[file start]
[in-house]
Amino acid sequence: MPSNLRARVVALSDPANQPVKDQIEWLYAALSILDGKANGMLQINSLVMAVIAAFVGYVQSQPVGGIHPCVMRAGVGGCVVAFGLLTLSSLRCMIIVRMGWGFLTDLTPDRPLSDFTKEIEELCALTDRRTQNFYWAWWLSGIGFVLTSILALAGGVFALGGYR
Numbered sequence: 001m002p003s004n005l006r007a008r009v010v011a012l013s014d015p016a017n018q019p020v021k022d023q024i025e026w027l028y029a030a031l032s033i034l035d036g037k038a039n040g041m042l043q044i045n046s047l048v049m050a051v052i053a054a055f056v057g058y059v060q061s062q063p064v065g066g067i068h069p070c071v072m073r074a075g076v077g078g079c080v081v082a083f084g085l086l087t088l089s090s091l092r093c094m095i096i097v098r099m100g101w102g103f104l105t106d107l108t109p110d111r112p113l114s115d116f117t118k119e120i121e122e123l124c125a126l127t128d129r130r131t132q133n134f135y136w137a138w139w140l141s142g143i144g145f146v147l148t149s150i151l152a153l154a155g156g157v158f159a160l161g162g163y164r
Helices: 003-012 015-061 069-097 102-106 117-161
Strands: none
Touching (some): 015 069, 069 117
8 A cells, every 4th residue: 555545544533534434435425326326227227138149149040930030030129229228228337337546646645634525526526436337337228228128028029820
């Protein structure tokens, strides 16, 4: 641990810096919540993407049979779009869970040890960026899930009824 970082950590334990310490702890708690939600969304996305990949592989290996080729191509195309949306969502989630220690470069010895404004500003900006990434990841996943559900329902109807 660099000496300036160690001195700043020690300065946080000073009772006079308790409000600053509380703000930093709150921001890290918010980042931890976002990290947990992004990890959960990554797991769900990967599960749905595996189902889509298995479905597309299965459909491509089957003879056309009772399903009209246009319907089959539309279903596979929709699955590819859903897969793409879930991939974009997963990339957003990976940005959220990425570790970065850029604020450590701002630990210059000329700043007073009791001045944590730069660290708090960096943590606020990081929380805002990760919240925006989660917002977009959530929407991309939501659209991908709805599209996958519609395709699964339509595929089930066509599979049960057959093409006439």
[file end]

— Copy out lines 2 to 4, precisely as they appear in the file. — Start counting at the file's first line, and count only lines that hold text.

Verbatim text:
Amino acid sequence: MPSNLRARVVALSDPANQPVKDQIEWLYAALSILDGKANGMLQINSLVMAVIAAFVGYVQSQPVGGIHPCVMRAGVGGCVVAFGLLTLSSLRCMIIVRMGWGFLTDLTPDRPLSDFTKEIEELCALTDRRTQNFYWAWWLSGIGFVLTSILALAGGVFALGGYR
Numbered sequence: 001m002p003s004n005l006r007a008r009v010v011a012l013s014d015p016a017n018q019p020v021k022d023q024i025e026w027l028y029a030a031l032s033i034l035d036g037k038a039n040g041m042l043q044i045n046s047l048v049m050a051v052i053a054a055f056v057g058y059v060q061s062q063p064v065g066g067i068h069p070c071v072m073r074a075g076v077g078g079c080v081v082a083f084g085l086l087t088l089s090s091l092r093c094m095i096i097v098r099m100g101w102g103f104l105t106d107l108t109p110d111r112p113l114s115d116f117t118k119e120i121e122e123l124c125a126l127t128d129r130r131t132q133n134f135y136w137a138w139w140l141s142g143i144g145f146v147l148t149s150i151l152a153l154a155g156g157v158f159a160l161g162g163y164r
Helices: 003-012 015-061 069-097 102-106 117-161